“A Psalm Praising God’s Mercy” Psalm 118:1-29

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Rev Johnny C Smith

Rev. Johnny C. Smith,
Pastor – Mount Moriah
Missionary Baptist Church

The marvelous Psalm 118 is the last of the Hallel psalms (Psalm 113-118).  Many scholars advance that Christ sung this memorable psalm with His disciples on the very night before His death.  Yes, Psalm 118 was sung on the eve of the event in which He would serve as the Lamb of God who takes away the sins of the world, for Matthew 26:30 states: “And when they had sung a hymn, they went out into the Mount of Olives.”

Beginning with verse 1 the psalmist says: “O give thanks unto the LORD; for He is good: because His mercy endureth for ever.”   Then in verses 2-4, the psalmist declares that both Israel, the house of Aaron, and all worshippers are called on to praise the Lord for His steadfast mercy.  In unusual praise, as believers in this age of grace, we should in an antiphonal praise thank the Lord for His tremendous mercy He has demonstrated toward us.  Isn’t God good?  Then, we ought to join the psalmist in thanksgiving to our God in Psalm 136:1-5 when he says: “O give thanks unto the LORD; for He is good: for His mercy endureth for ever.  O give thanks unto the God of gods: for His mercy endureth for ever.  O give thanks to the Lord of lords: for His mercy endureth for ever. To him who alone doeth great wonders: for His mercy endureth for ever.  To Him that by wisdom made the heavens: for His mercy endureth for ever.”

Because the Lord had delivered him from his distress, the psalmist admonished others to place their trust in the Lord, rather than man (vv. 5-9).  Verses 5 and 6 express the confidence the psalmist has in the Lord: “I called upon the LORD in distress: the LORD answered me, and set me in a large place.  The LORD is on my side; I will not fear: what can man do unto me?”   Ultimately the psalmist’s resolve is – “It is better to trust in the LORD than to put confidence in man” (v 8).  Even in the midst of being surrounded or compassed about by his enemies, the psalmist cites the many ways the Lord gave him victory over his enemies (vv. 10-13).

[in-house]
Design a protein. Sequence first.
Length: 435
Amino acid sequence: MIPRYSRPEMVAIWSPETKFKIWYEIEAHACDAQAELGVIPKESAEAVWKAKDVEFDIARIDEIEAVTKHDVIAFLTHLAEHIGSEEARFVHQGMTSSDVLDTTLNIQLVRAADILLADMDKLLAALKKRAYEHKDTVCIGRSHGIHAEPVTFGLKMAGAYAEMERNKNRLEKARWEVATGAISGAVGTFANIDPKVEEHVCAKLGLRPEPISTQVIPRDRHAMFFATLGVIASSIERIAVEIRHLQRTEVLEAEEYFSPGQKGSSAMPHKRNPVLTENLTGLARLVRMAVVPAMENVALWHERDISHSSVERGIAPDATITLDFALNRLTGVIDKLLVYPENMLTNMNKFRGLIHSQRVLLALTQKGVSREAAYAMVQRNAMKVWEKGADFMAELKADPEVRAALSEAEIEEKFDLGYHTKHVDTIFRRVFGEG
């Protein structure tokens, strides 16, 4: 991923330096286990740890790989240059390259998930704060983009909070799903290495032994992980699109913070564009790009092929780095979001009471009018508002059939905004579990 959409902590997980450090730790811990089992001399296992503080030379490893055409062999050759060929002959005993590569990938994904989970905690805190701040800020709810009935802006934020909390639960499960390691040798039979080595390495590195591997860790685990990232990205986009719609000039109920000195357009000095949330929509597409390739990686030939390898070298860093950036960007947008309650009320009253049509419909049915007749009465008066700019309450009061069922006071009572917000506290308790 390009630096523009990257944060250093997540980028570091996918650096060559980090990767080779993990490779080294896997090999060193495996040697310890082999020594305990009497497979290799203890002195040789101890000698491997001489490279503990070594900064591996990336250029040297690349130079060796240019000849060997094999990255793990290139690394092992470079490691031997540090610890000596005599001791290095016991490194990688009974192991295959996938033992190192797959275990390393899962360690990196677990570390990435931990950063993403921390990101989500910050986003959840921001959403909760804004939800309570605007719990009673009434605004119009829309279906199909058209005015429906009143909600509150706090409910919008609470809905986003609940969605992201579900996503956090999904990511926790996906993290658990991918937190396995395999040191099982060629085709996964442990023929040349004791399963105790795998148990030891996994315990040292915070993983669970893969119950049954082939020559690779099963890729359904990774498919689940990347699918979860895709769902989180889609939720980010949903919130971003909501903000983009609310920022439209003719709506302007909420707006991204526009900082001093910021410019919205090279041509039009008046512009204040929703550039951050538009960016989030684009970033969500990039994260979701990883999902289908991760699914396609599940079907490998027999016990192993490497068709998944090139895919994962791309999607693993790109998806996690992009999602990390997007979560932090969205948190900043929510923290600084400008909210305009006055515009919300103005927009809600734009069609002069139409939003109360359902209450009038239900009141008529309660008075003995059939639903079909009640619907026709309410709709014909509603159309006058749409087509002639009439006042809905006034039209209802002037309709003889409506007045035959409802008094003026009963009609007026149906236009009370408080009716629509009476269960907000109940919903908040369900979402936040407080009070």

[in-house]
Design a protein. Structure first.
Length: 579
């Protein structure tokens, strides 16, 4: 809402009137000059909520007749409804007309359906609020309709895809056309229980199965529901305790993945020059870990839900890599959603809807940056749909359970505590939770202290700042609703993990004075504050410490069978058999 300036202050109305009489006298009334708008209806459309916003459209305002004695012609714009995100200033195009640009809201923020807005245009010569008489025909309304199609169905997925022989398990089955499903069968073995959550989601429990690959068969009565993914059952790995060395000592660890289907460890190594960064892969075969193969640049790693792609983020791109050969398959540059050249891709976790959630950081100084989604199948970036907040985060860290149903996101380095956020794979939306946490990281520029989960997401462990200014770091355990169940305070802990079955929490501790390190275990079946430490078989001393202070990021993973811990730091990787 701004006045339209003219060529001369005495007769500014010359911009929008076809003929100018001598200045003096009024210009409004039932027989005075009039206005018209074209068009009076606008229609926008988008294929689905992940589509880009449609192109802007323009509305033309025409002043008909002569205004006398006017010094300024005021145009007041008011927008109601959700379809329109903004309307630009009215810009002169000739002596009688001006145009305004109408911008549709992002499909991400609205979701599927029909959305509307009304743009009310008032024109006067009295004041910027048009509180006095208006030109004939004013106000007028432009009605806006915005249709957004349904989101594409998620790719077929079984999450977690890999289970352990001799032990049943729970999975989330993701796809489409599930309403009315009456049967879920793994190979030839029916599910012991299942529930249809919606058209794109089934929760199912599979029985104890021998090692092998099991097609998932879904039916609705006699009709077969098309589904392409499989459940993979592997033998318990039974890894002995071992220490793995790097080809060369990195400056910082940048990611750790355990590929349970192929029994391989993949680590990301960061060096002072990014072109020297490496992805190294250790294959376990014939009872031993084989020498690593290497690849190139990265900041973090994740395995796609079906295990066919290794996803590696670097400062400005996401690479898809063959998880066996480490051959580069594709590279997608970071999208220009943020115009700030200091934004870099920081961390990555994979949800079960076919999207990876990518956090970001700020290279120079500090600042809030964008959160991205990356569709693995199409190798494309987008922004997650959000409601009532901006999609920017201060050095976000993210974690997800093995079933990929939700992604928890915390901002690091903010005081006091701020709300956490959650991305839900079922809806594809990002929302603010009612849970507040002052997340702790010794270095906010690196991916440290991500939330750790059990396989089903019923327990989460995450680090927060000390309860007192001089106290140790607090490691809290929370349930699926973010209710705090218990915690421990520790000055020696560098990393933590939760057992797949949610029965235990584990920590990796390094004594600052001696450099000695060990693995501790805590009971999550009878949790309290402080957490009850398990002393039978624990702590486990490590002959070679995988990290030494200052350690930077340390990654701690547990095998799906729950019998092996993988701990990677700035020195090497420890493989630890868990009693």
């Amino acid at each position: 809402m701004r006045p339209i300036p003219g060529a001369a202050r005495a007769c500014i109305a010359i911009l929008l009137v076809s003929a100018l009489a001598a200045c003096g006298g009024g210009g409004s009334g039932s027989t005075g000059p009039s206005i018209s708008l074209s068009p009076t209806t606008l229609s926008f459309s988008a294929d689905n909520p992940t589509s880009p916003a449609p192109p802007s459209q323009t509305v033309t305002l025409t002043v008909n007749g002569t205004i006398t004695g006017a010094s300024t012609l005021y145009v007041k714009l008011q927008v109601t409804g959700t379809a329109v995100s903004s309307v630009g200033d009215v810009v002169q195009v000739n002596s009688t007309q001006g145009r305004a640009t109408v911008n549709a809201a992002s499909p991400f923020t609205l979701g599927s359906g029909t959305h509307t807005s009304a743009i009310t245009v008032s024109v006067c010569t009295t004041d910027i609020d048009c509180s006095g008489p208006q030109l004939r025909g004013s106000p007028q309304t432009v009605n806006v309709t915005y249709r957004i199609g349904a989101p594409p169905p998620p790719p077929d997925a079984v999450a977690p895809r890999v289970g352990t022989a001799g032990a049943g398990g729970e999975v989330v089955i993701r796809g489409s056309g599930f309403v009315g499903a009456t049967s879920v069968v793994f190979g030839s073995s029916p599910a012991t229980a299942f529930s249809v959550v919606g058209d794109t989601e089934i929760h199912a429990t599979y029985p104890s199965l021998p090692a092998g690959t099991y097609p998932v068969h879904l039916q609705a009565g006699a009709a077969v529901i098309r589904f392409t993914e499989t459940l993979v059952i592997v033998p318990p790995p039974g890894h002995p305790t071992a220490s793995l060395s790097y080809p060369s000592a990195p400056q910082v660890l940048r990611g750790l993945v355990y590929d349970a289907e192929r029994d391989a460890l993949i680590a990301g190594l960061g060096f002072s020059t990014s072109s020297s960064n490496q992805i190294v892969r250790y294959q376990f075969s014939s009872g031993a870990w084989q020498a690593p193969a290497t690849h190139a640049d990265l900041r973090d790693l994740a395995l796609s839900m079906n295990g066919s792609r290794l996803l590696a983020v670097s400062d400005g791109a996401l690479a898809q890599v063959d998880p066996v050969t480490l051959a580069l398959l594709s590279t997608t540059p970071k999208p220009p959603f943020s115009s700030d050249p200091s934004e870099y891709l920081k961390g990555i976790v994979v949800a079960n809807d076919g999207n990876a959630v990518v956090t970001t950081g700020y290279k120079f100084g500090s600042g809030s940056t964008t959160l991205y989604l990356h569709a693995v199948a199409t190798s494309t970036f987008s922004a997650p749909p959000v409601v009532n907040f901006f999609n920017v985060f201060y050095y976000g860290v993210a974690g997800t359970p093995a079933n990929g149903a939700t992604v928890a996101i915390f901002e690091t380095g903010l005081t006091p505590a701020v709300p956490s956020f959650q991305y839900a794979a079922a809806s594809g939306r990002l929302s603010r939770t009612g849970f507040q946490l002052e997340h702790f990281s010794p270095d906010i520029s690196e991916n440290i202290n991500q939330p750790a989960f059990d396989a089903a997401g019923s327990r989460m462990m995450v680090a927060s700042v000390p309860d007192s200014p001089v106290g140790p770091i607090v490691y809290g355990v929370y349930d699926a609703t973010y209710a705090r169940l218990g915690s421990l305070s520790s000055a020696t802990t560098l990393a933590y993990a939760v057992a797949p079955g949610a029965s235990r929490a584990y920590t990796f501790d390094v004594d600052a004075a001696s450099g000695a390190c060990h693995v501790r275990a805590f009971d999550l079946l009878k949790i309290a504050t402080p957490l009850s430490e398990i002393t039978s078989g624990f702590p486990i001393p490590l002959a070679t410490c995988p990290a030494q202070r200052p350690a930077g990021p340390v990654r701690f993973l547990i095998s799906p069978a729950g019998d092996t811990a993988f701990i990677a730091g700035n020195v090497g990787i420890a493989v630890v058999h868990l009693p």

Because the Lord had given him victory over his enemies, the psalmist praised the Lord for his deliverance in verses 14-21.  Again the psalmist resolves – “The LORD is my strength and song, and is become my salvation” (v. 14).  The psalmist also expresses his determination – “I shall not die, but live, and declare the works of the LORD” (v. 21).

In verses 22-24, although the builders had rejected the stone, the same is become the head of the corner.  The stone is the Lord Jesus Christ (Matthew 21:42).  One day, Israel will welcome their rejected Messiah (Matthew 23:39); Zechariah 12:10).  In verses 25-29, the psalmist concluded this remarkable psalm by praying for His people’s deliverance and well-being.    At the Lord’s Second Coming, verses 25-26 – “Save now, I beseech thee, O LORD: O LORD, I beseech thee, send now prosperity. 6Blessed be He that cometh in the name of the LORD: we have blessed you out of the house of the LORD” – will be fulfilled with the nation of Israel receiving the Messiah instead of rejecting Him (Zechariah 12:10; Matthew 27:25).

And concluding as he began the psalmist repeats “O give thanks unto the LORD; for He is good: for His mercy endureth for ever” (v. 29).

 

 

May God Bless!